As part of our Women in data and Research group I recently had the chance to participate in a new professional, and personal, development programme She Said! Billed as ‘a guide for millennial women to speaking and being heard’, I was interested to delve into the topics covered, discussing, and debating with my colleagues how aspects like our body language, personality traits and behavioural styles impact how we communicate and engage others.
As you might expect, it was a thought-provoking course, highlighting challenges for women that I wasn’t conscious of – as well as those I was – and providing practical solutions to building confidence and being heard.
For me, a Project Management resource that works closely alongside data and analytics colleagues, I reflected on how the learning could also be applied within our profession to accelerate our ambition to change our organisational data culture!
Is ‘speaking up’ more important than working hard?
Patricia Seabright, author, and creator of She Said, explains that there is a strong correlation between workplace status and pay, and the ability to speak up for yourself, meaning that working hard in the background and avoiding increasing your visibility could be detrimental to your career.
Many of us, not only women, don’t like public speaking and so actively avoid it. However, what I’ve witnessed working with analytics colleagues is that it’s a critical skill for increasing the visibility and potential impact of our work. It doesn’t matter how hard you work on a piece of analysis, or how robust your methods are, if you don’t also share it well.
Much of our professional reputation in the workplace is built on what people see and hear in meetings, events, or presentations, this is our golden opportunity to build credibility in our work, so empowering ourselves and each other to speak ensures that we achieve both our personal and professional potential. Next time you’re planning to present ask yourself how you can advocate for yourself and for others, encouraging each other to speak up, increase visibility, AND promote gender balance in your organisation.
Are we undermining ourselves?
Talking is the mechanism by which humans build networks and affirm our place in the social hierarchy, and language is fundamental in conveying meaning, and in how people react to you.
Women tend to sub-consciously use language that can erode the sentiment of their message and undermine their authority. But when I think back to my past week of meetings, I can recall many occasions where colleagues used self-effacing language, such as apologising or using minimisers and qualifiers, which can make them seem like they aren’t confident in what they are saying. Let’s all drop the “maybe I’m wrong but…” as well as the annoying “so, errs and um” fillers – we are the experts in our field and as such need to focus on demonstrating confidence in our knowledge and ability and expressing this to others via how we say what we want to say.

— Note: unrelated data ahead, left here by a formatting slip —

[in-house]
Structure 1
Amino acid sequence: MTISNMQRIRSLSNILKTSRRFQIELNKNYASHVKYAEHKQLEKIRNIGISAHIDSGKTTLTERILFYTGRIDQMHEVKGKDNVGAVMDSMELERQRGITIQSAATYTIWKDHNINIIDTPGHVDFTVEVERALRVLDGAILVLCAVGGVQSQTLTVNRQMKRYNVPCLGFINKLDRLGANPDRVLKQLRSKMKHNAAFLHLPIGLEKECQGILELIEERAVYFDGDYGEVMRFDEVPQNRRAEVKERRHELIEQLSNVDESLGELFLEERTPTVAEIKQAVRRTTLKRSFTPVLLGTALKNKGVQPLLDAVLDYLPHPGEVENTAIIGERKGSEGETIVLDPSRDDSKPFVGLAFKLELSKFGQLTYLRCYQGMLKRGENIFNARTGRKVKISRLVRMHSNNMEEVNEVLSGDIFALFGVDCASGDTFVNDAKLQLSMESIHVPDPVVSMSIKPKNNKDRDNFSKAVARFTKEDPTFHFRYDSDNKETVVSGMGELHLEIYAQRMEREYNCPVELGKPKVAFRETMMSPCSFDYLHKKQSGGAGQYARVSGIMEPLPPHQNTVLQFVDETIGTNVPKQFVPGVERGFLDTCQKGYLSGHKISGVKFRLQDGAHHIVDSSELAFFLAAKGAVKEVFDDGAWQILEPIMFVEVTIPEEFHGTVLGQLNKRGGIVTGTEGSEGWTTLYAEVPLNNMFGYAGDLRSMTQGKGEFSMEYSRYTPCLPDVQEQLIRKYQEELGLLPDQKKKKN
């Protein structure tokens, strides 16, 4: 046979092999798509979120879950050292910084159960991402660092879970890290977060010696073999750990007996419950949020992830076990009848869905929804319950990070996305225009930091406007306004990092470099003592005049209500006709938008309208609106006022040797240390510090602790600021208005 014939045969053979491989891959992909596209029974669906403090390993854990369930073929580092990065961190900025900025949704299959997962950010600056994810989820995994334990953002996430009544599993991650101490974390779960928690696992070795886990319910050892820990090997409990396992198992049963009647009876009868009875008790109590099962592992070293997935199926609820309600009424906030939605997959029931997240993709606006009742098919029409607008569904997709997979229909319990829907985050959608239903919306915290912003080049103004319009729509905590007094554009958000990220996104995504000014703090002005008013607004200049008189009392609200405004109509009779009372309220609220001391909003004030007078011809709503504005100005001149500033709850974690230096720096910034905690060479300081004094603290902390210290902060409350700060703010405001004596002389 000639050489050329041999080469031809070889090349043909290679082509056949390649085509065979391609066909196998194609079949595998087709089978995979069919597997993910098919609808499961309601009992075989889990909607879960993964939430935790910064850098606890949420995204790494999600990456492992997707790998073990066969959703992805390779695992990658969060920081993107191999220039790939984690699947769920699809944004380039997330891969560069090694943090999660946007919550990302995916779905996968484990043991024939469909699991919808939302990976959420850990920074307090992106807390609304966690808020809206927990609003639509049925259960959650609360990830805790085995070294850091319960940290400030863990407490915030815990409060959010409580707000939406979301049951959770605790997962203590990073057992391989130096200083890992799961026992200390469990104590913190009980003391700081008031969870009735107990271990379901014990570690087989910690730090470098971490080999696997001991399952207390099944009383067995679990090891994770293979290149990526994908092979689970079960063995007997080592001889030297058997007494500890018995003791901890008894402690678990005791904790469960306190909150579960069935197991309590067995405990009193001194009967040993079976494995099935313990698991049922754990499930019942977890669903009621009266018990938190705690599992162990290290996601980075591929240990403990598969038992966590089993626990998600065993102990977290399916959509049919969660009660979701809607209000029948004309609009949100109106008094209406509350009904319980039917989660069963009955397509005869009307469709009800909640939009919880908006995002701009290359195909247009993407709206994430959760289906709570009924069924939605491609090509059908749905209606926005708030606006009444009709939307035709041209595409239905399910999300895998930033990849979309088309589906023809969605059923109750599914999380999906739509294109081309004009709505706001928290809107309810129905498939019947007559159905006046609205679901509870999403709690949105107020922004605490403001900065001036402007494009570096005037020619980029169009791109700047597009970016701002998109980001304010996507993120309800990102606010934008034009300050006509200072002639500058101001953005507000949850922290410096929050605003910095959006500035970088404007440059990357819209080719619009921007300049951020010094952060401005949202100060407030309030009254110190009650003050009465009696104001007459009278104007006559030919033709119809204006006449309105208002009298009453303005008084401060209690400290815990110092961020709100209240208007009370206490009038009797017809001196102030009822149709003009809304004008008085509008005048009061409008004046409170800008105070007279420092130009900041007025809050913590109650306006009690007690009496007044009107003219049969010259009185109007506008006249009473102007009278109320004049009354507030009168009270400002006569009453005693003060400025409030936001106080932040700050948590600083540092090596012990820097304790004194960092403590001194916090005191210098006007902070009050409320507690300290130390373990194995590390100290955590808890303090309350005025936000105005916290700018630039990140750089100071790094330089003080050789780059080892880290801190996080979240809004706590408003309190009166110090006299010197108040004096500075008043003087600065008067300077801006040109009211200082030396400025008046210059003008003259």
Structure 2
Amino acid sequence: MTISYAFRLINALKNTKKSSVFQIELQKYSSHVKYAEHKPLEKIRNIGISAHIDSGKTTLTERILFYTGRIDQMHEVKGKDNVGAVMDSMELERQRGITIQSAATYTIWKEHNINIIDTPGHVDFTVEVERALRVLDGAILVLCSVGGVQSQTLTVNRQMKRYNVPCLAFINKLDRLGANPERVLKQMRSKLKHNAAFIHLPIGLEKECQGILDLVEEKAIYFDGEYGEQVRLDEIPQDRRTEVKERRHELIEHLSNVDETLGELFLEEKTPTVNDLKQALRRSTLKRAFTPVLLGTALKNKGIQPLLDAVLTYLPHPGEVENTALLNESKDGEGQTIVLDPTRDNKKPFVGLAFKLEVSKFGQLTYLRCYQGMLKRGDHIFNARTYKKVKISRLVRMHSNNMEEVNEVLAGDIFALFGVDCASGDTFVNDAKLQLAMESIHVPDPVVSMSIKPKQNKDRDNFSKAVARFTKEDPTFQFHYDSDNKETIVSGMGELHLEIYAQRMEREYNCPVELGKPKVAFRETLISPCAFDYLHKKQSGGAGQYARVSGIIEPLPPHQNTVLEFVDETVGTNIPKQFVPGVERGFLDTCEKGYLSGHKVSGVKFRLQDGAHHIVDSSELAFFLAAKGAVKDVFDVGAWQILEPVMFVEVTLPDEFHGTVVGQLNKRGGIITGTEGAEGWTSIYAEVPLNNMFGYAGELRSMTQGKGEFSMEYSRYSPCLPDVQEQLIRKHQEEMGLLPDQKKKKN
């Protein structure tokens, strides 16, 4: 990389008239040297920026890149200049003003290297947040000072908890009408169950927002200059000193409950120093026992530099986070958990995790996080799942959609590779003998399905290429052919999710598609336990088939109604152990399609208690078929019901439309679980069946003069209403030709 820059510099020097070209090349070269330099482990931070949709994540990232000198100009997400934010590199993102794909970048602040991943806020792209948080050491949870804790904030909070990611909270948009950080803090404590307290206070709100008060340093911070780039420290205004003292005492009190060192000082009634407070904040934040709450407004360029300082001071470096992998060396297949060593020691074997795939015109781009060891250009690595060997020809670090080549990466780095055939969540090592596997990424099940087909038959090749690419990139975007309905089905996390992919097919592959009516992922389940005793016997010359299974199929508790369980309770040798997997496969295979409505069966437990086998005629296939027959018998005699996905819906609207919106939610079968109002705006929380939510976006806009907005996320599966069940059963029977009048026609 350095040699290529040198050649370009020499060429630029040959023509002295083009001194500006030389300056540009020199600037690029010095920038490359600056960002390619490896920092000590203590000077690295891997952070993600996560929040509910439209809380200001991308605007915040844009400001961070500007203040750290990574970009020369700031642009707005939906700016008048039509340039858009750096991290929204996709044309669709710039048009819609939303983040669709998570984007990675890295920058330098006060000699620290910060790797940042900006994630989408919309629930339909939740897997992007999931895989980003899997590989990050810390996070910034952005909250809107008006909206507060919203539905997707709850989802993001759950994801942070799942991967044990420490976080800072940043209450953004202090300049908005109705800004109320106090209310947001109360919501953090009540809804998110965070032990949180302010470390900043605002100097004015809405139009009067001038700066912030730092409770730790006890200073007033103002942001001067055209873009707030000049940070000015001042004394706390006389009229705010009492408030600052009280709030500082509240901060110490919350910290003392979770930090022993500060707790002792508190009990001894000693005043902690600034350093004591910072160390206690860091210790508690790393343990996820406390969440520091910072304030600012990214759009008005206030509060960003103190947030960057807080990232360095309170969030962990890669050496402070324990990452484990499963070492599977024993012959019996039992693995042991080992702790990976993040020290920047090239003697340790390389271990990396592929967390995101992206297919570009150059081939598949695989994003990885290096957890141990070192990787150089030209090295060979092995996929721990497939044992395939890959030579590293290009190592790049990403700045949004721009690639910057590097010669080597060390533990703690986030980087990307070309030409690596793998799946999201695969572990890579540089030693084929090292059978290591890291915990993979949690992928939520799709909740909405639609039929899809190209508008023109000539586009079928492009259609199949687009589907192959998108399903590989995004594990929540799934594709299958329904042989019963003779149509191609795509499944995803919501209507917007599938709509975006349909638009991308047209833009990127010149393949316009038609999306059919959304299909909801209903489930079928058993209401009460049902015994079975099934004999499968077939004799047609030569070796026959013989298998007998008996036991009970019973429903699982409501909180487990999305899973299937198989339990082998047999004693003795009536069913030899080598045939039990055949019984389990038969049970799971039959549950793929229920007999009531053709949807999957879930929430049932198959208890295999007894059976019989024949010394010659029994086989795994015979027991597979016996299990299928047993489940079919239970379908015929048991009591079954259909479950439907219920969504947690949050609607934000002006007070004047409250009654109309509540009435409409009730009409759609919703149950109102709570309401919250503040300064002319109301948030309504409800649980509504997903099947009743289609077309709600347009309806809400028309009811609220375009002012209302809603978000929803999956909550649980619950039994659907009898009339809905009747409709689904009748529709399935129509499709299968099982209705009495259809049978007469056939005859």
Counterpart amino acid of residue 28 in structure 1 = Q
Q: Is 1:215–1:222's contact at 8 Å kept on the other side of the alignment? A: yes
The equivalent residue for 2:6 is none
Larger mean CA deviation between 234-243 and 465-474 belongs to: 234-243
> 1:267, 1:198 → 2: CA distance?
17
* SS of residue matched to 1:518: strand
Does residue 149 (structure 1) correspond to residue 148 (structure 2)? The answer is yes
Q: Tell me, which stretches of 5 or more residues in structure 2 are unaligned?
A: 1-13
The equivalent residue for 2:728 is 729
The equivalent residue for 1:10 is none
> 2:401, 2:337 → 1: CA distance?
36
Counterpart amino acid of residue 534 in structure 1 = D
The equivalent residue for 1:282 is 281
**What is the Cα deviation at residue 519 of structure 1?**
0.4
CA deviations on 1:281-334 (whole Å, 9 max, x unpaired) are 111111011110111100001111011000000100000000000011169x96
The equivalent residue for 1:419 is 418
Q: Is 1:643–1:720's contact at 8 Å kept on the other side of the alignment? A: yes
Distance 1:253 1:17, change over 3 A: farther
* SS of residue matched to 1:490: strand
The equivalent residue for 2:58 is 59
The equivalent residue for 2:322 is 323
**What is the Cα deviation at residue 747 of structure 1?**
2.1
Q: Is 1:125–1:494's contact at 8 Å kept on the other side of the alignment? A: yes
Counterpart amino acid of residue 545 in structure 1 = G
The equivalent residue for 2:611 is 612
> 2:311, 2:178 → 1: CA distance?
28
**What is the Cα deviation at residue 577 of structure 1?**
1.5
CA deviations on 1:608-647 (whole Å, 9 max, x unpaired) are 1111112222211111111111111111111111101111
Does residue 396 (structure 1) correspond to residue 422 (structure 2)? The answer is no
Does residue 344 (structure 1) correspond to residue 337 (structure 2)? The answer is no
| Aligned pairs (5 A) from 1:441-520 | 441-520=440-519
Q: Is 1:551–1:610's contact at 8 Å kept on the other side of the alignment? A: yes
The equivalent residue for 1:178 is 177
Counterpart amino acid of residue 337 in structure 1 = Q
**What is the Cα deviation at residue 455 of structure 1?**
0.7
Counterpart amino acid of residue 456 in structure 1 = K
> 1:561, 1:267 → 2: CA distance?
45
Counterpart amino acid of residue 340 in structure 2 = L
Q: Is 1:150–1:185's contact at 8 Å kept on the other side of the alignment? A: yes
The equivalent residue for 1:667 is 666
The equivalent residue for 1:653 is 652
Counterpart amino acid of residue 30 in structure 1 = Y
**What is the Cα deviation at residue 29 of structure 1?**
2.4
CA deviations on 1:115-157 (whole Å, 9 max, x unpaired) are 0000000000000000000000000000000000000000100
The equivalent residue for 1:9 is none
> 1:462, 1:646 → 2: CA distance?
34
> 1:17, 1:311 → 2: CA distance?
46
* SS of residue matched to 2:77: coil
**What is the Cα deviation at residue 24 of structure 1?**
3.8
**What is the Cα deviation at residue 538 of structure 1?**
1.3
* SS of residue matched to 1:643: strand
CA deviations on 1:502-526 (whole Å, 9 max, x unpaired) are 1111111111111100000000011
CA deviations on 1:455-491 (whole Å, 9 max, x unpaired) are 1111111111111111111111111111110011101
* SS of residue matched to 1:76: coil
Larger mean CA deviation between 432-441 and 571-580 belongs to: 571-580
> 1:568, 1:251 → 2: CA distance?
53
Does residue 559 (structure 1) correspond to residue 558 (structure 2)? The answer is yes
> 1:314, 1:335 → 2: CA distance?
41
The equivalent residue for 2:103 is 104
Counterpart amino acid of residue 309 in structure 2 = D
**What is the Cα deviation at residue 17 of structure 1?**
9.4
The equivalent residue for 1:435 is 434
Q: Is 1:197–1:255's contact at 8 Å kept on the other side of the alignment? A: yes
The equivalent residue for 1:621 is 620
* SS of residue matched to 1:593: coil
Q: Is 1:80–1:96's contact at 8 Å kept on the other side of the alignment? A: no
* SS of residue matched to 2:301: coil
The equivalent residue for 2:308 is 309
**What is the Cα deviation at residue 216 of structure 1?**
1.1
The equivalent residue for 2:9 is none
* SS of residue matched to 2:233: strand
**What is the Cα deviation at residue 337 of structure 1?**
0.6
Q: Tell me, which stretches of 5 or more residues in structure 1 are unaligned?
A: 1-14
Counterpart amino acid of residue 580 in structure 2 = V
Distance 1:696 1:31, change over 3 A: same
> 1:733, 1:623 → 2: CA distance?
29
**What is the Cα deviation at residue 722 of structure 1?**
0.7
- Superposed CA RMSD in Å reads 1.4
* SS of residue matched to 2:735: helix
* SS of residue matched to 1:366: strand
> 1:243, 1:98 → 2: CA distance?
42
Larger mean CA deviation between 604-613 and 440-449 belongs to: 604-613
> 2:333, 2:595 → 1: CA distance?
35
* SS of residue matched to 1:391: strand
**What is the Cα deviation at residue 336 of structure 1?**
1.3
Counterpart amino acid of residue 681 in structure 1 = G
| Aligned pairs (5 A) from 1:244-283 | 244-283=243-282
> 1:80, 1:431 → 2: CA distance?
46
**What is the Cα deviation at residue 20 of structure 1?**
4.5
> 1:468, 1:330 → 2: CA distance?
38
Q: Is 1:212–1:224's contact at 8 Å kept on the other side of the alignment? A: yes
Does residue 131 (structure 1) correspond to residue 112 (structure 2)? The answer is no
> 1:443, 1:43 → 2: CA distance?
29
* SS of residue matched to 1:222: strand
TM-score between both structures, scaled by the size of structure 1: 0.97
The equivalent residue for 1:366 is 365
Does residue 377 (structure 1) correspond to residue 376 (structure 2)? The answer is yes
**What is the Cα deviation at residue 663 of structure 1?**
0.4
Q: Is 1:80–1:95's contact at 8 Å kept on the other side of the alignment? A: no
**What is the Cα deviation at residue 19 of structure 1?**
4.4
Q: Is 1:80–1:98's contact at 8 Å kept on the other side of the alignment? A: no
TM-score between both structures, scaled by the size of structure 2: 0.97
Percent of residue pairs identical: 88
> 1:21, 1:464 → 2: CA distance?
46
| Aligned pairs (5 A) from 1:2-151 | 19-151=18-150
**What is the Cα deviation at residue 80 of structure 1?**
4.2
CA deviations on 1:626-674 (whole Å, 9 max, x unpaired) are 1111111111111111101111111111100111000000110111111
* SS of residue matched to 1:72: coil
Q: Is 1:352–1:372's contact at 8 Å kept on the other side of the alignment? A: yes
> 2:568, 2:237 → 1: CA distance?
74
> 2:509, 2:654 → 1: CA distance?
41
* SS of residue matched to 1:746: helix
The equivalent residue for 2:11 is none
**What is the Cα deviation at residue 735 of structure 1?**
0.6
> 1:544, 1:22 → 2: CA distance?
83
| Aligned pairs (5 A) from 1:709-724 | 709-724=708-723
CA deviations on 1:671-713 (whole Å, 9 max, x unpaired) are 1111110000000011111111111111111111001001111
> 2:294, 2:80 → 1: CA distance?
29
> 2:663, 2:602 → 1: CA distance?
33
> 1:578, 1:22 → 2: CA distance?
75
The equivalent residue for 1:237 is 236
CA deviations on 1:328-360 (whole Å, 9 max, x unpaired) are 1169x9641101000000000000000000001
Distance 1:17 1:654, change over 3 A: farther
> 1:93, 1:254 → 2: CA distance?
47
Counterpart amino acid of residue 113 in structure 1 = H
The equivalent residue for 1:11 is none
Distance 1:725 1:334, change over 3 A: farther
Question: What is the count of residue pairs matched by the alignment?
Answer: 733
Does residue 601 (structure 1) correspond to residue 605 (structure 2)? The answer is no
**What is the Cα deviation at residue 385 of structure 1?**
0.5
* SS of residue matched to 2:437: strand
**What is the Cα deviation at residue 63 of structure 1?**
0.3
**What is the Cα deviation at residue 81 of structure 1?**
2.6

The ‘likeability paradox’
Traditionally, women are considered either liked OR respected, not both, a dilemma described as the ‘likeability paradox’. Characteristics are interpreted differently in women than they are in men, for example, assertiveness and determination in a man is regarded as professionally advantageous, however the same traits in a woman can be seen as aggressive resulting in negative judgment. Women also typically worry more about how they are perceived, and this fear of judgement can be a huge silencing factor. Ultimately the likeability paradox is driven by an unconscious bias. Bias is something we discuss often in the application of data science and is an easy practical takeaway that we can all be more mindful of in building good relationships!
We have found that the most important element of building data literacy in the public sector – and probably any organisation – is to establish a trusting relationship between analytics professionals and stakeholders. We don’t live in a world where all our stakeholders have data science degrees, so in a lot of cases we are asking someone to take a leap of faith into the unknown when they start working with us. Good relationships are the foundation of trust!
Self-awareness is the key
Ultimately, the better you know yourself and your strengths and weaknesses, the easier it is to adopt habits and strategies to enhance your ability to be heard, regardless of gender. Our personality and behavioural styles form the basis upon which we can develop ourselves in order to be heard. There are plenty of tools out there to help us, for example the Myers Briggs Type Indicator (MBTI) tool helps you to understand how you communicate, and how you can best adapt to suit different audiences and situations.
Research has shown that it is more effective to leverage strengths than to try to build on weaknesses – so we could all benefit from knowing where our biggest potential lies. Behaviour change methodologies teach us that we need three key things for lasting change; skills, opportunity, and motivation, and I will certainly be considering all of those in creating my own authentic communication style as I identify opportunities to speak and be heard wherever I can.